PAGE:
As a former public school teacher prior to her medical career, she currently holds an honors certificate in medical education from Stanford and is passionate about medical education. She served as an education chief resident during her training and has been recognized with an Neurology Clerkship Teaching Award and the Fisher's & Dunn Teaching Award for excellence in teaching neurology to Stanford medical students. She deeply enjoys working with medical students and residents both in the classroom and in the clinic.  

Her additional academic interests include mitigation of the epidemic of physician burnout, for which she is a graduate of the American Academy of Neurology's Live Well Lead Well Leadership program and has co-developed and directs a wellness & mentorship program for neurology residents and fellows. She has also completed the Stanford CELT (clinical education leadership training) program for developing skills in quality improvement and enjoys teaching and fostering quality improvement work within the Stanford Neurology Residency.

Leila Montaser Kouhsari, MD, PhD
Clinical Assistant Professor, Neurology & Neurological Sciences

Dr. Montaser Kouhsari is a board-certified, fellowship-trained movement disorders neurologist and clinical assistant professor at Stanford University.

Her clinical interests include treating cognitive, motor, and non-motor impairments due to Parkinson's disease, atypical Parkinsonism (Multiple System Atrophy, Progressive Supranuclear Palsy, Cortical Basal Syndrome), tremor, and ataxia. Dr. Montaser Kouhsari also assesses and manages Deep Brain Stimulations (DBS) treatment for Parkinson's disease and tremor. Her research interests include underlying mechanisms through which Parkinson's disease affects memory, executive function, and decision-making. She is also investigating the role of cognition as a biomarker for early diagnosis of movement disorders.

Before joining Stanford University, Dr. Montaser Kouhsari was a fellow in the movement disorders center at Columbia University and Zuckerman Institute. She completed her post-doctoral training in neuroimaging of cognitive processes such as decision-making at California Institute of Technology (Caltech) and her neurology residency at the Icahn School of Medicine at Mount Sinai in New York City. She earned her M.D. from Iran University of Medical Sciences (IUMS) and her Ph.D. in cognitive psychology from New York University (NYU).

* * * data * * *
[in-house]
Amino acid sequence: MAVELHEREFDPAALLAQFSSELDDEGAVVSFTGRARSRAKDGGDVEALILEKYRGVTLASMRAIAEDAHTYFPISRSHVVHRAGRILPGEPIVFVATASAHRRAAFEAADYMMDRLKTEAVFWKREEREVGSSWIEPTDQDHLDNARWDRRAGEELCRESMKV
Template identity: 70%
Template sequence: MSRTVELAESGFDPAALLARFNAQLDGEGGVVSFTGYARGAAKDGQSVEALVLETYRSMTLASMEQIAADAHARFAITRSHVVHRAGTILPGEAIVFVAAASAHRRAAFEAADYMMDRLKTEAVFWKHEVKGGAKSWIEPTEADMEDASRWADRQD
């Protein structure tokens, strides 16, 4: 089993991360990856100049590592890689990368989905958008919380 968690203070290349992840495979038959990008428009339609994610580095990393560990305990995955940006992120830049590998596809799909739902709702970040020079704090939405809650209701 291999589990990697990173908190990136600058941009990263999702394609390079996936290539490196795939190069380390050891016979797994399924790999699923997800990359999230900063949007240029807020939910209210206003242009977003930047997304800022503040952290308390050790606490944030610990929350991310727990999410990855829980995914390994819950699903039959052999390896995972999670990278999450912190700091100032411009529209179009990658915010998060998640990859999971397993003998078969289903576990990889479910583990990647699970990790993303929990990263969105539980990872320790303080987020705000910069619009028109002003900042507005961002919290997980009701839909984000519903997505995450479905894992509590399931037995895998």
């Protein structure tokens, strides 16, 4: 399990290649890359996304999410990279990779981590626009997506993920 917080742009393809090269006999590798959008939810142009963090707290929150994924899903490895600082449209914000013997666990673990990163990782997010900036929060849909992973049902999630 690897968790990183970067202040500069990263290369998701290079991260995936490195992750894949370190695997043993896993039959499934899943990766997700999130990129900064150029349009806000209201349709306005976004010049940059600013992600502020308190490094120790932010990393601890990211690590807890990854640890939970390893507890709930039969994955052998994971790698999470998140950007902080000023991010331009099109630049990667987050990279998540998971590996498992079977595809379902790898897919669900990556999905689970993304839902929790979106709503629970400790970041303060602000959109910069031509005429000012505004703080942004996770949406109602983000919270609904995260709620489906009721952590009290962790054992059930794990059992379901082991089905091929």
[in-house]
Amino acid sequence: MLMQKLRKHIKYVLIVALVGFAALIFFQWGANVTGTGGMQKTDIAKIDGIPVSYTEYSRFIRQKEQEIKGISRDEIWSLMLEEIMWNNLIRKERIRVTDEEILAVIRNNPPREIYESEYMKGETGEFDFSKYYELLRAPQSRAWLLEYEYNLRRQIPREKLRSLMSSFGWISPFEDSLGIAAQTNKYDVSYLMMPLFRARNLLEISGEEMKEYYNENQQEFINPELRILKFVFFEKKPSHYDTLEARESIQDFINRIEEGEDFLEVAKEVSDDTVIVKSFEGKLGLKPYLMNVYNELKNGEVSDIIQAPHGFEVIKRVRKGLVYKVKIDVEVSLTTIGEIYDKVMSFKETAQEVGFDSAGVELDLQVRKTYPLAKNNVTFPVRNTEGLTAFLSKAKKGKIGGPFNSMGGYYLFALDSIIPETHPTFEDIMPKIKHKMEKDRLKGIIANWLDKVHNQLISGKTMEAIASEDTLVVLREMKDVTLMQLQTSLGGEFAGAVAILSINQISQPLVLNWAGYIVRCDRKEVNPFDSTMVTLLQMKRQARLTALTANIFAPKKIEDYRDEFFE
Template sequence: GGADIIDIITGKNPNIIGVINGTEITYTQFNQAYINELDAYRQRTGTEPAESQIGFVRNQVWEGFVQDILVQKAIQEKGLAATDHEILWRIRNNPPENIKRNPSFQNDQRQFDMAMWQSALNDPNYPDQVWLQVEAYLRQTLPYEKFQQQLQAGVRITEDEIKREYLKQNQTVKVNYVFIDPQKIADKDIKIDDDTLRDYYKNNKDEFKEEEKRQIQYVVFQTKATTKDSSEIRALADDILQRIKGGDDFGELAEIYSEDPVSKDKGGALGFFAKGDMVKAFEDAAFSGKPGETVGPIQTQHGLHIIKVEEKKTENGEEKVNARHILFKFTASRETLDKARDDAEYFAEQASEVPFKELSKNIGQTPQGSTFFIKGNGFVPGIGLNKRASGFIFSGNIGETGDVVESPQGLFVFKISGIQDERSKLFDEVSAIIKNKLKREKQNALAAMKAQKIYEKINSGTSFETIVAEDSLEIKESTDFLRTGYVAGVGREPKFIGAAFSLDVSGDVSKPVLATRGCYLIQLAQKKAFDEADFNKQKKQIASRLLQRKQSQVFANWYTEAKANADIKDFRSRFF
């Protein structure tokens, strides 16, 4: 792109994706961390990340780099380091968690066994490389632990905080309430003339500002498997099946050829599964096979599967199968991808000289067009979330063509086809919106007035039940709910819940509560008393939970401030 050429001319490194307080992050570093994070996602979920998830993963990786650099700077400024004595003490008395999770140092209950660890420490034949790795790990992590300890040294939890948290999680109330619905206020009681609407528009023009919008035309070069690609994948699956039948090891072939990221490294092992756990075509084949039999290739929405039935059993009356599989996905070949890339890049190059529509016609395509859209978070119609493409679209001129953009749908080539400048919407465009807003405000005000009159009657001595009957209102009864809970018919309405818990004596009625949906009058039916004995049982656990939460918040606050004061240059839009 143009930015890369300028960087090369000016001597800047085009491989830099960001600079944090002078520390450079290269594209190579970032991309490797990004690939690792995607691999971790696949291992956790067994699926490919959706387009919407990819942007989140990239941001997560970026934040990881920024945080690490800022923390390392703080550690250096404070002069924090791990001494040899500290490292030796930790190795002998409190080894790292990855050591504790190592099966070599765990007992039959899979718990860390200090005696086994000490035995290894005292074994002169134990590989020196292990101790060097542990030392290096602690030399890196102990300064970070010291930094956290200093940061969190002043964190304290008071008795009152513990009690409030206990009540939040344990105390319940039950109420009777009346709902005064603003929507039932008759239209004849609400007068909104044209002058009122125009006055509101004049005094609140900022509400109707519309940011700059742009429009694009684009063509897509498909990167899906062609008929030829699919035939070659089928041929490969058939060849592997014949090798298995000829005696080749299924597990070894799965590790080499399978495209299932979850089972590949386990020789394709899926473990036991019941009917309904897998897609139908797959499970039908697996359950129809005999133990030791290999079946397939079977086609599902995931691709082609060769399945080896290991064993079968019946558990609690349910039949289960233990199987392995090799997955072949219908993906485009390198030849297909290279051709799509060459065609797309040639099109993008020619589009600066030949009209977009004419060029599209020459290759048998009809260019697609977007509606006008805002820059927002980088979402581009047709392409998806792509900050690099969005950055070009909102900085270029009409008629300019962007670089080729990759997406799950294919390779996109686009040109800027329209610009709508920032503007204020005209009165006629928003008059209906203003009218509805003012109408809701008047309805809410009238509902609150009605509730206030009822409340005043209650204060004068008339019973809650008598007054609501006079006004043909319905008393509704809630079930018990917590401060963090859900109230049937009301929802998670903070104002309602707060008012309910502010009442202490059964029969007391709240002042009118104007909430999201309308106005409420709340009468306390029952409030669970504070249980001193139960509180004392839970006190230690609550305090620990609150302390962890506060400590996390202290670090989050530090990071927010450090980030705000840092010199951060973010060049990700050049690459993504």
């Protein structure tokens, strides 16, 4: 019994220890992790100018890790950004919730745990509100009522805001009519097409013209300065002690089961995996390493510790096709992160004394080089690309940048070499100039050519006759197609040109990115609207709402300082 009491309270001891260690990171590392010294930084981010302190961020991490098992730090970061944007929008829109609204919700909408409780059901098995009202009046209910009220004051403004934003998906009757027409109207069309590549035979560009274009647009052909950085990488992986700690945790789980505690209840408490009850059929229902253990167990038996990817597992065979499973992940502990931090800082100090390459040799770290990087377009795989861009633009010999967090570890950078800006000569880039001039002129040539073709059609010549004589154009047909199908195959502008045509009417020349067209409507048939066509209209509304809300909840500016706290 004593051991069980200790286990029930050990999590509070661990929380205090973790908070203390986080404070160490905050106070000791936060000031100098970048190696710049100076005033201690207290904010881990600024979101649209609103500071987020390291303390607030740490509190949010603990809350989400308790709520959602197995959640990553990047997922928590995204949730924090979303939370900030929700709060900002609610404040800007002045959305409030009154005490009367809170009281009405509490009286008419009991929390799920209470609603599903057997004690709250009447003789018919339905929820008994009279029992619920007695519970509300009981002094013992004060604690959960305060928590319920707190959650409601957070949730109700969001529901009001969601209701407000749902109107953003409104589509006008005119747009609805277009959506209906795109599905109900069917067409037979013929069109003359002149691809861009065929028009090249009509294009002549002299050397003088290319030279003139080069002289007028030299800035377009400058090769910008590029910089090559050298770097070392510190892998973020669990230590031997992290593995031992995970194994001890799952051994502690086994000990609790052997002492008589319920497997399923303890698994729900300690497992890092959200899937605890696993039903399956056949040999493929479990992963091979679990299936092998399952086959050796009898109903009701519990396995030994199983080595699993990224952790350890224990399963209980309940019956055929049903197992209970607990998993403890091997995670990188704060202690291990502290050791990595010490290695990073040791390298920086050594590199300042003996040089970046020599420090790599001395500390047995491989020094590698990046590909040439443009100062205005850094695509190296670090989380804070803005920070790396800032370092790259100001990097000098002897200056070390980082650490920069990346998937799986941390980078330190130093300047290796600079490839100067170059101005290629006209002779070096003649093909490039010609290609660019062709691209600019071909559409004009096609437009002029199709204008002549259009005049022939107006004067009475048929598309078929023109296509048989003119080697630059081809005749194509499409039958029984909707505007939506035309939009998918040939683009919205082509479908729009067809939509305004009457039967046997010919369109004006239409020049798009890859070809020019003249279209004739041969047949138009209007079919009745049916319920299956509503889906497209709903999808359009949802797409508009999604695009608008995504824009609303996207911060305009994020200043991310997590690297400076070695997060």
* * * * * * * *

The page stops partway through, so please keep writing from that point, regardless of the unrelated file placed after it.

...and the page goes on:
Dr. Montaser Kouhsari's work has appeared in the Journal of Neuroscience, Nature Neuroscience, Neuropsychologia, Journal of Vision and Vision Research. She has been featured in Neurology Today news. She has presented at meetings held by the American Academy of Neurology (AAN), the American Neurological Association (ANA), Society for Neuroscience (SFN), and the Movement Disorders Society (MDS).

Dr. Montaser Kouhsari has received the woman in neuroscience award to attend the American Academy of Neurology (AAN), the Friends of Katzell research fellowship, and the Seaver Foundation Graduate Student award. She was honored to receive the National Institute of Health R25 training research grant before joining Stanford University.

Dr. Montaser Kouhsari is a member of the American Academy of Neurology and Movement Disorders Society. Her community service focuses on increasing awareness of Parkinson's disease and outreach programs to teach neuroscience to high school students.

Kristen K. Steenerson, MD
Clinical Assistant Professor, Neurology & Neurological  Sciences

Kristen Steenerson is a board-certified neurologist with fellowship training in otoneurology. Her specific interests include Vestibular Migraine, Benign Paroxysmal Positional vertigo, Ménière's Disease and Persistent Postural-Perceptual Dizziness. Her goal is to work in tandem with Movement Disorders specialists to help address the unmet need in balance disorders through the comprehensive evaluation and care allowed by the Stanford Balance Center, jointly addressing the junction of inner ear and brain disorders.

Laurice Yang, MD, MHA
Clinical Associate Professor, Neurology & Neurological Sciences

Dr. Laurice Yang received her bachelor’s degree in Molecular Cell Biology at the University of California in Berkeley.  Subsequently, she earned a master’s degree in Health Administration at the University of Southern California where she received the high honor as a Dean Merit Scholar.  She went on to obtain her medical degree from the University of Vermont and completed her neurology residency at the University of Southern California where she was appointed Neuroscience Chief Resident and spent the year revamping the entire medical student/resident education curriculum.  She completed her clinical training as a movement disorders fellow at the University of California in Los Angeles.

Dr. Laurice Yang is a board certified neurologist, specializing in the diagnosis of movement disorders including Parkinson’s disease, atypical parkinsonian disorders, Essential Tremor, and Huntington’s disease.  

Dr. Yang also has a background in healthcare administration and had interned in marketing and HR at several community hospitals before starting her medical degree.  She is currently Associate Physician Improvement Leader, the Assistant Clinic Chief and the Associate Vice Chair for Clinical Affairs in the Department of Neurology.  Dr. Yang is also passionate about quality improvement education. She is currently the Co-Executive Director of CELT (Clinical Effectiveness Leadership Training Program) at Stanford which is a leadership and quality improvement course that has graduated over 2000 participants since its inception in 2014.  She also has been teaching quality improvement at the American Academy of Neurology (AAN) where she was an invited speaker in 2022 and 2023 to discuss quality improvement methodology and leadership skills.  She is also part of the AAN Quality Measures Subcommittee where she is involved in creating national guidelines for both inpatient and outpatient neurology.